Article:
Donald Trump returned to the G20 summit in Germany and announced that he and Russian President Vladimir Putin would be partnering up to create a “cyber security unit” to protect against election fraud.
Many are confused by this move as the United States intelligence agencies agree that it was the Russian “hacking” of the 2016 U.S. election that secured Mr. Trump’s victory. Trump denies that Russia was involved and tweeted that Putin had denied it as well. This did little to assuage the fears of Russian meddling, considering that investigators have evidence of Russian cyber attacks on the election, including a leaked NSA document stating that hackers working for the Russian military intelligence had attempted to take over the computers of 122 local election officials right before the 2016 election.
Trump returned home from Germany on Sunday. He claimed victory at the G20, amidst vocal criticisms — including detraction of his daughter, Ivanka, sitting in for him at a panel of world leaders, and for his lack of closing remarks at the end of the summit, which made Trump the first U.S. president to not give a closing speech at a G20. Critics speculated that this was exemplary of America’s waning power on the world stage.
However, Trump points to the deals he has struck with President Putin as proof of a successful trip. Trump had a Meeting with Putin that was scheduled to last for 30 minutes but ended up taking almost two hours. Notably, a ceasefire in Syria was negotiated this weekend, and the new plan for a joint cyber security unit was announced Sunday, in typically Trump fashion, via Twitter.
Putin & I discussed forming an impenetrable Cyber Security unit so that election hacking, & many other negative things, will be guarded..
— Donald J. Trump (@realDonaldTrump) July 9, 2017
Trump denies any Russian involvement in the election, but the intelligence community says otherwise. All investigations point to Russia as the source of meddling in the election processes of at least 39 states. The announcement of a cyber partnership between the U.S and Russia lead to scorn and condemnation, with critics suspecting that this was a Russian ruse to get even more of a cyber stranglehold over the United States.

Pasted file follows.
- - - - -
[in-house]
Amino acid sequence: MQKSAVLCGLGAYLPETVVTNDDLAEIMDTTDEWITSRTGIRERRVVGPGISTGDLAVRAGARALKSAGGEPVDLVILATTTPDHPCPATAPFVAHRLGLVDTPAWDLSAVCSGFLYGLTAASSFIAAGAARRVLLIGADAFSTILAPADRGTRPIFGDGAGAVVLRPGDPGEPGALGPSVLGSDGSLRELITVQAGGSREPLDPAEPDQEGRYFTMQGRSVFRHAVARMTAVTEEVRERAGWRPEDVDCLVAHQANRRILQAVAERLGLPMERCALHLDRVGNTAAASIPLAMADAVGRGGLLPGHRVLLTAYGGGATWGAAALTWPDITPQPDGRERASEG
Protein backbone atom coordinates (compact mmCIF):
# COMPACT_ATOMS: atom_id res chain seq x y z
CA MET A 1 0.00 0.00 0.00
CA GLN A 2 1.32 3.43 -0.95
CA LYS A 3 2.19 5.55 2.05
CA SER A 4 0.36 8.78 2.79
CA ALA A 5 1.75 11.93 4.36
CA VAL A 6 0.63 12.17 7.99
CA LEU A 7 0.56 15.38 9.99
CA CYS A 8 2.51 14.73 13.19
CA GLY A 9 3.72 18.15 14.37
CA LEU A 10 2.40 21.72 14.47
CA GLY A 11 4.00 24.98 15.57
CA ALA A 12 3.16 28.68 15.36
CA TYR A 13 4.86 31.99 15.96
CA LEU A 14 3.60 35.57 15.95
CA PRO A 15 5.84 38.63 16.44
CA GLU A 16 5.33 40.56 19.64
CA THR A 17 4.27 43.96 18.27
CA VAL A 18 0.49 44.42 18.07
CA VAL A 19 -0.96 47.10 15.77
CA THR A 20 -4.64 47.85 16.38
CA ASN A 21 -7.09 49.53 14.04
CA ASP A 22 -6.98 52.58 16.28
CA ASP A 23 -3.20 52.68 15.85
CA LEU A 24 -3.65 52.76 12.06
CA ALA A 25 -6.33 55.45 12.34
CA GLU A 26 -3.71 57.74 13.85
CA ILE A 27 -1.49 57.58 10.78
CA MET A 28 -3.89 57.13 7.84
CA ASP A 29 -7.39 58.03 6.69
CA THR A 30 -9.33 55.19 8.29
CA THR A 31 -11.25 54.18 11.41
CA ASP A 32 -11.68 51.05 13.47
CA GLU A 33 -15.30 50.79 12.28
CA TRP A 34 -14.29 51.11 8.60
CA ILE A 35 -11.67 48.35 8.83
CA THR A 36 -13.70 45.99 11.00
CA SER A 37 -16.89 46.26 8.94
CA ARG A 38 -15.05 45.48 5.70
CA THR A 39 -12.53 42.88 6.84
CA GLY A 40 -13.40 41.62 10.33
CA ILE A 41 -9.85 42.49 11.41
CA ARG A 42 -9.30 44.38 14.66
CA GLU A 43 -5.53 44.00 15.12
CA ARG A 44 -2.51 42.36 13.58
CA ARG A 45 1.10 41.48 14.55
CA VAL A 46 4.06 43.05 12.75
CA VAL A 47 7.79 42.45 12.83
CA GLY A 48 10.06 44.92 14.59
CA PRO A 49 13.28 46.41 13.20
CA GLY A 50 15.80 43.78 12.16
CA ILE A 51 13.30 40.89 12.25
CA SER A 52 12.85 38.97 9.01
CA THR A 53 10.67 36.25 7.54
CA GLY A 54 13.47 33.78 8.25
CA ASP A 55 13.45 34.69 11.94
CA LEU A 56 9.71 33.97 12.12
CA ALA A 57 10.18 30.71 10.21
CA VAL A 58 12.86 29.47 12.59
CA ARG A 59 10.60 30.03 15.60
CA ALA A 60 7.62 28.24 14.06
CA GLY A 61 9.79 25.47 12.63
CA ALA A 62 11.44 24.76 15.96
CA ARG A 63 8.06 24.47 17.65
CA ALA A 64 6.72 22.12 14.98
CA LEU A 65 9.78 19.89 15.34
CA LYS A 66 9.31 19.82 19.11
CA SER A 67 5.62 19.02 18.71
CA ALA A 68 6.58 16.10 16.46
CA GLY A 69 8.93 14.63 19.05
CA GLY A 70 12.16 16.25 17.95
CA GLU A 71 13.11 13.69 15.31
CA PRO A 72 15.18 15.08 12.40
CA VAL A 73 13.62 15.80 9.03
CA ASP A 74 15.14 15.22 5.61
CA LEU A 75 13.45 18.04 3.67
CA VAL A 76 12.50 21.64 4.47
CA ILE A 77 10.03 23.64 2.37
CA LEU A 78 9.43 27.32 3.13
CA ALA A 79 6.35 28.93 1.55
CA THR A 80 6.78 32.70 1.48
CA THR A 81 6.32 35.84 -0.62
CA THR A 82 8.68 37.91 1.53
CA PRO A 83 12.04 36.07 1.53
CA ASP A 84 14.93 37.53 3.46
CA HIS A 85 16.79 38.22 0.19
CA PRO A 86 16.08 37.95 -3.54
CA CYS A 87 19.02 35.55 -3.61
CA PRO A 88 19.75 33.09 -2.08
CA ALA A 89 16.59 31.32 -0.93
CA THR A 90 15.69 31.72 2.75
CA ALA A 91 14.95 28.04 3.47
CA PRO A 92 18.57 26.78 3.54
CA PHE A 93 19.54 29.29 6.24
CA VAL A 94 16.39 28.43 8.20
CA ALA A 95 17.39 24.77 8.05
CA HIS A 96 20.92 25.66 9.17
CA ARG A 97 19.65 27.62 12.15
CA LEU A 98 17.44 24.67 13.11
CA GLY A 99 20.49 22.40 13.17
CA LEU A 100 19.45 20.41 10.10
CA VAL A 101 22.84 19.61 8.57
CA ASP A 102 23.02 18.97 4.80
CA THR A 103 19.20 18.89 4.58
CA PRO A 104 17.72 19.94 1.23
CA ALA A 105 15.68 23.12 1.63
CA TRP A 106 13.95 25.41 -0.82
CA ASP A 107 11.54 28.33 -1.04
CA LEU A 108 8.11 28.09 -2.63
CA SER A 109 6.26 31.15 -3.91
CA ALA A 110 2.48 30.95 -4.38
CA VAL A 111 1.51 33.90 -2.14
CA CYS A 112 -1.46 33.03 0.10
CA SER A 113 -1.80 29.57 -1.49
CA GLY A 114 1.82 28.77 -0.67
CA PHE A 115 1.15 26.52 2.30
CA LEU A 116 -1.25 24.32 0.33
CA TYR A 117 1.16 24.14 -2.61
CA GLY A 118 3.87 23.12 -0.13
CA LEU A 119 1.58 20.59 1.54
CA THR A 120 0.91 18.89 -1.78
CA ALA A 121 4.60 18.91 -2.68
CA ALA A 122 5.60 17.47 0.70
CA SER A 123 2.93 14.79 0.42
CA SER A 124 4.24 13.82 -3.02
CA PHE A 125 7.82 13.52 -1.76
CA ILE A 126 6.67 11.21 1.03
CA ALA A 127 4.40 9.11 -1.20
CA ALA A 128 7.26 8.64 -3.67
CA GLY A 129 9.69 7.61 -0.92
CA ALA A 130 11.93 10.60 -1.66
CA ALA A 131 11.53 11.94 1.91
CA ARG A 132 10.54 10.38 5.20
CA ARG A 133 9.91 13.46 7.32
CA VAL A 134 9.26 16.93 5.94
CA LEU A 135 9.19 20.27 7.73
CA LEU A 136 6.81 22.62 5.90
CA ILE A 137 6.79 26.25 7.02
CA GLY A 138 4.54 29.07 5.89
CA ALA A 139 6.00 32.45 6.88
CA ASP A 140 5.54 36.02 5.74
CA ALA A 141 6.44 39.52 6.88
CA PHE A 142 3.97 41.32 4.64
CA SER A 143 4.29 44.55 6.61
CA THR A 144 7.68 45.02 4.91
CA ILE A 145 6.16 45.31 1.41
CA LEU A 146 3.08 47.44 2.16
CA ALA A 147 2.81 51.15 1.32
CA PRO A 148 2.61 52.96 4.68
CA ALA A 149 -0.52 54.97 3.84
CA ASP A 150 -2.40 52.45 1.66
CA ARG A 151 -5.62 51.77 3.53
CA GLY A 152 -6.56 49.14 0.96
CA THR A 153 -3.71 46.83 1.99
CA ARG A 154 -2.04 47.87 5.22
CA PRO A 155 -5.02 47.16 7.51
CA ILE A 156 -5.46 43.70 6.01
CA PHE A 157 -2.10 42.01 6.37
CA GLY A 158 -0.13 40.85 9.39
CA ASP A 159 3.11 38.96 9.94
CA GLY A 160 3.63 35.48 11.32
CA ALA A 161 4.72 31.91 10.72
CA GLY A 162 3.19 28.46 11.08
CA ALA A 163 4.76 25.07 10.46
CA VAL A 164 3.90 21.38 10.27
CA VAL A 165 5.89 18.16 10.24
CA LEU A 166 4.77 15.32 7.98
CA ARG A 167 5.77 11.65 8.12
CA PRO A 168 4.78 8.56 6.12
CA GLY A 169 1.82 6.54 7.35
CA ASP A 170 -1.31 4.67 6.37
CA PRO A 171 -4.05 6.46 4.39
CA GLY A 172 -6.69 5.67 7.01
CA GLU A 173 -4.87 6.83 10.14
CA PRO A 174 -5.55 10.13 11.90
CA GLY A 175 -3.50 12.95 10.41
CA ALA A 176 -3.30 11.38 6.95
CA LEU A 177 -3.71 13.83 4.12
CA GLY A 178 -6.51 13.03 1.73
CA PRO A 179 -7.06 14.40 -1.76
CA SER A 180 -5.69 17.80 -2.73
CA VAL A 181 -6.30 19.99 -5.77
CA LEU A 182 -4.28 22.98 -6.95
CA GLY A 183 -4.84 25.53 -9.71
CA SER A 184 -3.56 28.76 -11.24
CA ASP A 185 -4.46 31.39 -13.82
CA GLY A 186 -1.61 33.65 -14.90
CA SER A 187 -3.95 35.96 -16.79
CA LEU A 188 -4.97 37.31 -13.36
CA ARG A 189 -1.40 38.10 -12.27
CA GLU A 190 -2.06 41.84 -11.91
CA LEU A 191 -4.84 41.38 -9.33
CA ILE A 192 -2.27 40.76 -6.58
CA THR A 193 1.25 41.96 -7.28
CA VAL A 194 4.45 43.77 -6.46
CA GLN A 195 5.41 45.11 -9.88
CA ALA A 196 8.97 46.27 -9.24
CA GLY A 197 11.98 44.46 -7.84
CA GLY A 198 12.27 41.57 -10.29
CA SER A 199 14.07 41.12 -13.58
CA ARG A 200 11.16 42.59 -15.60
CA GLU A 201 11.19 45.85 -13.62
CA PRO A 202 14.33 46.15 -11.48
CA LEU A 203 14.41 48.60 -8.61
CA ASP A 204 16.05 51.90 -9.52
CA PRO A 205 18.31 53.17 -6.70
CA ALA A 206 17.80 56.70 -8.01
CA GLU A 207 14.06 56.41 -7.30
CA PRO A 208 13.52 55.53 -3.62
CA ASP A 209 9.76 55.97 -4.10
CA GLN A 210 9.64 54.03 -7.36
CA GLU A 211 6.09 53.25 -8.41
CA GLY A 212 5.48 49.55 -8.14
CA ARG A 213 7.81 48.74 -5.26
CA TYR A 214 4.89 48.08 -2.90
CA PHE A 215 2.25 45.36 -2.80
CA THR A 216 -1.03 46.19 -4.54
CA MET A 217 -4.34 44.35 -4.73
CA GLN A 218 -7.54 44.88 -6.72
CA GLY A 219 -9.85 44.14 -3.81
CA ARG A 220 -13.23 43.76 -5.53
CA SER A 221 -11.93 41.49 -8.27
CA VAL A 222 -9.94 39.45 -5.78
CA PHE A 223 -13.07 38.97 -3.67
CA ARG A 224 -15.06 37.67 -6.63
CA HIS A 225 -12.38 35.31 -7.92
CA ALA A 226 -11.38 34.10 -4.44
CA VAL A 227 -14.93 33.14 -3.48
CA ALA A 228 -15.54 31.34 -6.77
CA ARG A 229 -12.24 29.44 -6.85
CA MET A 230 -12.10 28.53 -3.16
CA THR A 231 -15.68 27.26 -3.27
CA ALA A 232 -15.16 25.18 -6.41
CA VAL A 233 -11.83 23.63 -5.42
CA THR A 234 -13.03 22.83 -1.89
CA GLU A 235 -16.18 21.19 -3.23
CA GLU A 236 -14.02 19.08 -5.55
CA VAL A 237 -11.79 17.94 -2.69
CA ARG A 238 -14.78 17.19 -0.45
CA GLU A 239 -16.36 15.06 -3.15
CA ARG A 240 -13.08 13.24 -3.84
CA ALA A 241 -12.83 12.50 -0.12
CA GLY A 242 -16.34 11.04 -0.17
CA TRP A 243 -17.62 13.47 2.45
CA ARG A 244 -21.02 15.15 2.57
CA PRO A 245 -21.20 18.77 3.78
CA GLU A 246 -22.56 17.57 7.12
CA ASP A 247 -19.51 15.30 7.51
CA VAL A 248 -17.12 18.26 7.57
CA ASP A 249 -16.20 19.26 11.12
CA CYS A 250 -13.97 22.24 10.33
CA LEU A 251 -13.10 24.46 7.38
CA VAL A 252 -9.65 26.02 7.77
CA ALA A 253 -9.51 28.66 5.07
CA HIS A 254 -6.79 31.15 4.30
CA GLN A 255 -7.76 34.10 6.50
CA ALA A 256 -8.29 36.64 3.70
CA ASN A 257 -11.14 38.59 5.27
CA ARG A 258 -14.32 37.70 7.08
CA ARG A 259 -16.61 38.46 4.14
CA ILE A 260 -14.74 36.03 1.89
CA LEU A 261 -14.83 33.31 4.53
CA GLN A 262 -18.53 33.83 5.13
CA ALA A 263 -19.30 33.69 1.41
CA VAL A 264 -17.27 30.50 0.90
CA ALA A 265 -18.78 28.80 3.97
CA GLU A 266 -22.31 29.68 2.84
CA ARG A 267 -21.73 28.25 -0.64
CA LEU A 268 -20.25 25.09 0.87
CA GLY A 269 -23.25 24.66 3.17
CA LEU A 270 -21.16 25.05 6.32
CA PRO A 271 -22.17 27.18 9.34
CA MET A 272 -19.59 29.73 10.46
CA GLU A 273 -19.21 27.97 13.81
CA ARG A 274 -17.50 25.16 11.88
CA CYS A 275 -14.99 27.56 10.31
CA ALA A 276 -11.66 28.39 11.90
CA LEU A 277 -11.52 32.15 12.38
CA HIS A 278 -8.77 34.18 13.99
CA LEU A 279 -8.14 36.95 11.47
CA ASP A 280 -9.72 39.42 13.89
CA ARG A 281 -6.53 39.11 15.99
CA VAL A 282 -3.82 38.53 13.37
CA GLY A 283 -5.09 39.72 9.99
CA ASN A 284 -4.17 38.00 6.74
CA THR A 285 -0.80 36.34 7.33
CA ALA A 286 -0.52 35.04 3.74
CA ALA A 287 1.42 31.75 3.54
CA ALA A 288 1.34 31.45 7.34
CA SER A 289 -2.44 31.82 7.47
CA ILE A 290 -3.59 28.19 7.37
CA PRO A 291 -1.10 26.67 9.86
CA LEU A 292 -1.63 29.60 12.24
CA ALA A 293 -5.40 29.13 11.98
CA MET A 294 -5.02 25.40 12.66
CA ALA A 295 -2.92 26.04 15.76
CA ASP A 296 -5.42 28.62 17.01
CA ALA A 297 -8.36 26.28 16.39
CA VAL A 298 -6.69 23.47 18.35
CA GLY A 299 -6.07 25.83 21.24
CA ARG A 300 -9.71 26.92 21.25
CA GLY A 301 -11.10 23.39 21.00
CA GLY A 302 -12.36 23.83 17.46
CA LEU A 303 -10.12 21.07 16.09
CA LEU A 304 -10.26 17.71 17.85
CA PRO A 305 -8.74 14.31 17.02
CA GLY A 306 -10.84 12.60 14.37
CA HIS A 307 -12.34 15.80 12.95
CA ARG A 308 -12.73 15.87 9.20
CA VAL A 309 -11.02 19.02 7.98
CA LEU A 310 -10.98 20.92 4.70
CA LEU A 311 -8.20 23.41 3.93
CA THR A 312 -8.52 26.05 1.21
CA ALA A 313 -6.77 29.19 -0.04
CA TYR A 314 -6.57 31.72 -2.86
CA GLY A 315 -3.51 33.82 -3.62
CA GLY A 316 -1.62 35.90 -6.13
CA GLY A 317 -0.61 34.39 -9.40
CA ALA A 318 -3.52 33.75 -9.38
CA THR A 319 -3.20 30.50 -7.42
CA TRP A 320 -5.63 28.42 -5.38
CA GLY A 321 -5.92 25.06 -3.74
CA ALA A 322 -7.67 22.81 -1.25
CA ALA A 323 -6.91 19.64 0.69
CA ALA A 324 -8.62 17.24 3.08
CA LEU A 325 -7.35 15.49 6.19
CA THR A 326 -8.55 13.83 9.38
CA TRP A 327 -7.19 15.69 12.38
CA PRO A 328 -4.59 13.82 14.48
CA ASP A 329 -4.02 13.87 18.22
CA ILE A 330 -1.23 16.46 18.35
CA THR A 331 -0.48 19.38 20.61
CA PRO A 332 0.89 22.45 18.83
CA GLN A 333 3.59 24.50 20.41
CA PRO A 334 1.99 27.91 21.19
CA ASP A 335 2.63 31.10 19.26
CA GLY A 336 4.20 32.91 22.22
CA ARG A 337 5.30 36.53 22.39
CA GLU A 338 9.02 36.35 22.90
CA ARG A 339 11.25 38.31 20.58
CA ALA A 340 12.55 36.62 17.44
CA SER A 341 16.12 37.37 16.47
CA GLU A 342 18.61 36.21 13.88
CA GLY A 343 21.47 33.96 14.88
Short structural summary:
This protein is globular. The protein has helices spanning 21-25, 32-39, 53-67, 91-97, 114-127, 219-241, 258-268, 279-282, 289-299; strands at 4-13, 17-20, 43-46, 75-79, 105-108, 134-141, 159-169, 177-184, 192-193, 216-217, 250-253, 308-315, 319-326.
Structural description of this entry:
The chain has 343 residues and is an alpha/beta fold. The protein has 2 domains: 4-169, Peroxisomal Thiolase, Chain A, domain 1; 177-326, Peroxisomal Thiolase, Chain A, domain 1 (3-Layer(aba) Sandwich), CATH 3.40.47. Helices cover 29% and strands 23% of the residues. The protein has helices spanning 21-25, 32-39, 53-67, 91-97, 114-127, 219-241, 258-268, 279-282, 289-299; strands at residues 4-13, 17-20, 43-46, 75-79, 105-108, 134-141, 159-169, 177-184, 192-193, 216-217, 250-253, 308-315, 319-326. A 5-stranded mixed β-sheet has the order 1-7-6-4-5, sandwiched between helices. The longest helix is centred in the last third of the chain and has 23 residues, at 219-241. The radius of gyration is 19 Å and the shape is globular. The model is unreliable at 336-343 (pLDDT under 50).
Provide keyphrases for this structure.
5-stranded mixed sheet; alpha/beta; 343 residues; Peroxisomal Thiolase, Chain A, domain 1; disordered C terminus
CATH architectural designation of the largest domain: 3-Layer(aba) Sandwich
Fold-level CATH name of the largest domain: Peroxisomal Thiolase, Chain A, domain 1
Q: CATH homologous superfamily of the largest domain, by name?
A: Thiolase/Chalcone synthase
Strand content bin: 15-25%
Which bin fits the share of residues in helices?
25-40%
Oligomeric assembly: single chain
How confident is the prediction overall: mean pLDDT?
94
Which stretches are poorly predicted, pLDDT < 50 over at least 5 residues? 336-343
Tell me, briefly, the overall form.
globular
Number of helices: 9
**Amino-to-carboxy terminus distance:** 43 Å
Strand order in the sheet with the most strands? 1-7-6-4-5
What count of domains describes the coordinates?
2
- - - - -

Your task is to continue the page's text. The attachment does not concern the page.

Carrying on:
To be clear: Trump wants to form a cyber security unit with the leader of the country that interfered in our election with cyber attacks. https://t.co/NZR0KlVLxe
— Kyle Griffin (@kylegriffin1) July 9, 2017
It's like two foxes saying 'don't worry, we're going to keep the hens safe. You farmers go back to sleep.'
— Matt Haig (@matthaig1) July 9, 2017
Even Trump’s own party was incredulous at the idea of partnering with Russia. Republican Senator Lindsey Graham was vocally opposed to working with Russia, and Trump’s former opponent in the Republican primaries, Senator Marco Rubio, tweeted his disapproval for the president’s announcement.
“Partnering with Putin on a ‘Cyber Security Unit’ is akin to partnering with Assad on a ‘Chemical Weapons Unit'”
Russia, for its part, has been in the news lately for other suspected cyber attacks, including attacks on American nuclear power plants. It is inconclusive as to who carried out the cyber attacks, but Bloomberg News reported that a source inside the U.S. government said that Russia is the prime suspect. Russia notoriously carried out attacks in 2015 that shut down Ukraine’s power grid and is well known for the strategic use of cyber warfare.
No real specifics were given after the announcement of the joint “cyber security unit.” However, the president remained on Twitter to voice is displeasure, one again, with what he sees as “fake news,” a term which rose to prominence as a reference to Russian propaganda spread to influence the previous U.S. election.
[Featured Image by Evan Vucci/AP images]